Connally: “Of course they’re not.”[Page 776]
Nixon: “Now, our doing this may make them more difficult. But that’s almost impossible for them to be much more difficult. If there’s at least a chance that it does allow them to do something, would you agree, Henry?”
Kissinger: “That’s right—what—they will cancel the summit, in my judgment, although it’s not totally excluded.”
Nixon: “That’s 40–60, 30–70?”
Kissinger: “I would rate it higher—I’d rate it 80–20. But they may then say that now they’ve done their duty, that that’s the only thing they’re going to do to us, and continue bilateral relations with Hanoi.”
Nixon: “You have here—you should have the contingency plan ready for what we say when they cancel the summit.”
Kissinger: “I’ve got a statement already.”
President: You should have a statement ready, and so forth.”
Kissinger: “It’s ready.”
Nixon: “I should not have to make it.”
Kissinger: “No. These literally are statements I can brief on it.”
Nixon: “You should read from it, exactly. Exactly. Because I think John’s smelled a rat pretty clearly, and Bill, he’s not interested in that Soviet summit.”
Kissinger: “Well, because he knows we’ve got it all settled and he doesn’t want to be in the position of Peking. Because actually the fact is we’ve got—”
Nixon: “we’ve got a hell of a summit.”
Kissinger: “We can announce two agreements every night.”
Nixon then noted that there was in fact a 40–50 percent chance that the South Vietnamese would collapse in the absence of military action. However, on the diplomatic side, if the blockade was enacted, then he obtained some leverage with which to use to obtain POWs. Also, on the military side, a blockade would hamper Hanoi’s military operations and be an immediate encouragement to the South Vietnamese. “Better off for having tried,” he believed.
Connally said that the administration might be accused of ruining its new Soviet and Chinese policies, but that accusation was untrue. He believed that the American people wanted an end to the war, and especially to get out by November, and thus would support even the bombing. The Nixon administration could no longer look toward a peaceful resolution with Hanoi, as North Vietnam had virtually humiliated the United States. Only “military pressure” would work at this point, Connally asserted. He advised the President to inform the American people that he would not permit the humiliation and defeat of this nation, an action the public would then understand. Nixon thus [Page 777]decided to render his speech at 9 p.m. that evening. He promised to show it to Rogers and Laird prior to its televised broadcast.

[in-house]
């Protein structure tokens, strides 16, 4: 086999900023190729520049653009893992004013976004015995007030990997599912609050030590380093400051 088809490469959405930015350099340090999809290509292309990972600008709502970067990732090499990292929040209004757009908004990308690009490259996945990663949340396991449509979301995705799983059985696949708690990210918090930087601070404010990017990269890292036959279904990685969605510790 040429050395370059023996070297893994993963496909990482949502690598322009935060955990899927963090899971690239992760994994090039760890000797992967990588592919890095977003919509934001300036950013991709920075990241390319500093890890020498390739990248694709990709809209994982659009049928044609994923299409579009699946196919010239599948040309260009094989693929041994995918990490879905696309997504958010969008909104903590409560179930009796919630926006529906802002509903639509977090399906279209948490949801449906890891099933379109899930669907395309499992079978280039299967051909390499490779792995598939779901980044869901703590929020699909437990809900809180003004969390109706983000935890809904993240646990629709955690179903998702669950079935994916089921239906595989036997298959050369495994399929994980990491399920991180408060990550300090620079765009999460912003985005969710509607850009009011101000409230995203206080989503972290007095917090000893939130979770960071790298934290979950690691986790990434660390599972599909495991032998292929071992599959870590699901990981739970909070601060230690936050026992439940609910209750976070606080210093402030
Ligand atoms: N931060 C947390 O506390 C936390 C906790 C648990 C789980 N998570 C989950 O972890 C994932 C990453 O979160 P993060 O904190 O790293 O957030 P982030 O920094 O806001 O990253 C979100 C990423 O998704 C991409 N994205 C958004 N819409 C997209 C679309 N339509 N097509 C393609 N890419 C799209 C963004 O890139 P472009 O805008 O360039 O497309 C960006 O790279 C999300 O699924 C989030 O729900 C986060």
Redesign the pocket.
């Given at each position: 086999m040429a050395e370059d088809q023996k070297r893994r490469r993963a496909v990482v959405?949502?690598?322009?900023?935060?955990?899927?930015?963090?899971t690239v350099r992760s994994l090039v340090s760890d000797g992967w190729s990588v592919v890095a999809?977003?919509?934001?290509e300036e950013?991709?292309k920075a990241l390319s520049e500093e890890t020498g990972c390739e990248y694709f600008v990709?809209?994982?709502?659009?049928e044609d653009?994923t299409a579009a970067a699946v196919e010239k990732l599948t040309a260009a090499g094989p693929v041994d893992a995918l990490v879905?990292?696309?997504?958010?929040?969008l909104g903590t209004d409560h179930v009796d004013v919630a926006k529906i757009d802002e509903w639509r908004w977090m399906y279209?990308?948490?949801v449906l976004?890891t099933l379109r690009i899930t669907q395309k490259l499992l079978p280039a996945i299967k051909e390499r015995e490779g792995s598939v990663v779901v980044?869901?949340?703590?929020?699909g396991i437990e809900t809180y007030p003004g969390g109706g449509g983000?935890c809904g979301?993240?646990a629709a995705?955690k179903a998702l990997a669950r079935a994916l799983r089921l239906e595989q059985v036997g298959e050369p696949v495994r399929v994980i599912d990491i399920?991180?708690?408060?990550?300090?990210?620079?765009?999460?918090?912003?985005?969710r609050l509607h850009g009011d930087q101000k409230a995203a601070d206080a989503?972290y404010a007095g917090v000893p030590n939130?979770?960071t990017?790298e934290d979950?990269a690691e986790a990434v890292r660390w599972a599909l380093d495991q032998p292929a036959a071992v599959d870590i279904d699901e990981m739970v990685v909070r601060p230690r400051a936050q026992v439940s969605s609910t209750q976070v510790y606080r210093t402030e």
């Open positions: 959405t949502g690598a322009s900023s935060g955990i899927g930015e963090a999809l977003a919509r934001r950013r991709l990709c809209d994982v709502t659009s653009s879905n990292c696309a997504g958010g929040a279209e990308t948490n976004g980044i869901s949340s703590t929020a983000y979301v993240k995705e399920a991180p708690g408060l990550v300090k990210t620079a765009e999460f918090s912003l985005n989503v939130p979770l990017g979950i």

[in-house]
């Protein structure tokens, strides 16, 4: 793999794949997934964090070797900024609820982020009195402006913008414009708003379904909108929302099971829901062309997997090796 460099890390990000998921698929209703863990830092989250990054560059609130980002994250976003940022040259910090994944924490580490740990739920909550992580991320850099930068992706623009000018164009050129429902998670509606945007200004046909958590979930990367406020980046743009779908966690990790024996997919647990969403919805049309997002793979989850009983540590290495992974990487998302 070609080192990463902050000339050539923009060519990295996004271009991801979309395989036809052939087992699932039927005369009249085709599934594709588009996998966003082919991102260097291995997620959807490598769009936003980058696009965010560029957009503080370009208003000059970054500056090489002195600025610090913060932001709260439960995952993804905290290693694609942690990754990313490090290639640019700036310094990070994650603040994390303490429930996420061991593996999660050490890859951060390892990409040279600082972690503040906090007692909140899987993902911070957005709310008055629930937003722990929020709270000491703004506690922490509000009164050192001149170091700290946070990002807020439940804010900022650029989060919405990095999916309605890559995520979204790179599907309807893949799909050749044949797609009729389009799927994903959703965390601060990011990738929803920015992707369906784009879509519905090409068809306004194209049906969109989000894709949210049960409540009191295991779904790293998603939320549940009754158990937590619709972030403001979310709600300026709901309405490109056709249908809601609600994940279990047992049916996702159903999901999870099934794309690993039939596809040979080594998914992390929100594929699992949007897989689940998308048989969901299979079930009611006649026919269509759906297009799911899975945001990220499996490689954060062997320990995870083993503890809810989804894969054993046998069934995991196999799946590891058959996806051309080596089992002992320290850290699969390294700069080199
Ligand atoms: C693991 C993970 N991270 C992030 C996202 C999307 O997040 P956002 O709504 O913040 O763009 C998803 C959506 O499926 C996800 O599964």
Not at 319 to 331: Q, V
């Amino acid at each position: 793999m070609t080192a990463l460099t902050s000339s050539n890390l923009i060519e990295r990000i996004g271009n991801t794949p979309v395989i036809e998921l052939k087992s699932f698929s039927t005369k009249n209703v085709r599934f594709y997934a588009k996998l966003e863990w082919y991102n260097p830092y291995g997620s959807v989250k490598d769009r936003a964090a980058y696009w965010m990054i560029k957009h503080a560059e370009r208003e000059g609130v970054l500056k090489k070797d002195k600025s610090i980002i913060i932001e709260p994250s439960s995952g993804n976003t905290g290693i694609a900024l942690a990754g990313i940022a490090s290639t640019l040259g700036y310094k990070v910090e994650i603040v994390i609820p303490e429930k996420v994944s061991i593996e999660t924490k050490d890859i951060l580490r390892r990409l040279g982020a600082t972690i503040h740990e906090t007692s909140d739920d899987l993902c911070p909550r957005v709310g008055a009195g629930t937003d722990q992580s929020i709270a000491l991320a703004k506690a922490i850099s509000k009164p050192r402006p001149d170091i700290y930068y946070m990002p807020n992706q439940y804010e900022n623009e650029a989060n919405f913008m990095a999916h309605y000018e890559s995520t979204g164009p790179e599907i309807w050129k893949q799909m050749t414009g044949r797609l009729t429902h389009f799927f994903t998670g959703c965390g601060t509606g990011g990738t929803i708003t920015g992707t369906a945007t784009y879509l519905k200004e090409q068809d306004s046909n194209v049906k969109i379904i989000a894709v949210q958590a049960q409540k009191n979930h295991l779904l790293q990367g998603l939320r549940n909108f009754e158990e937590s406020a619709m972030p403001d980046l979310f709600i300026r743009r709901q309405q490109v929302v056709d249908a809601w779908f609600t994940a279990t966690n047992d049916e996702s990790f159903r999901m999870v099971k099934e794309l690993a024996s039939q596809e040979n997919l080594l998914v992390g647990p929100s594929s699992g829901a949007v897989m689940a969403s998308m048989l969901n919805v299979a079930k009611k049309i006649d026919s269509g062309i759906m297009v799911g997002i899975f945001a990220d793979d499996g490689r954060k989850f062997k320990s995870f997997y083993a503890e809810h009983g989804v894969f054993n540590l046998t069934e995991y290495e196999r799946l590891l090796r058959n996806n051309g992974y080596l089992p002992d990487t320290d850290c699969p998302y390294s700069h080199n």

Connally left the meeting at 12:59, and Kissinger a few minutes later; Haldeman entered at 1 p.m. Nixon discussed Connally’s views with Haldeman. Haldeman agreed that it was better to end up in a stronger position. He also complained about efforts by Rogers to forestall Kissinger getting credit for the summit, and even argued that Rogers would try to have it canceled on this basis. Nixon added that he thought that Laird opposed the summit as well. Nixon noted the advice of Kissinger not to go to the summit when the Soviets were aiding the enemy offensive in Vietnam. But Nixon thought that it might be okay to go and talk anyway, as Vietnam and the summit were inseparable. However, it was not apparent that South Vietnam would hold out through the opening of the summit. (National Archives, Nixon Presidential Materials, White House Tapes, May 8, 1972, 12:13 –1:15 p.m., Oval Office, Conversation No. 721–11)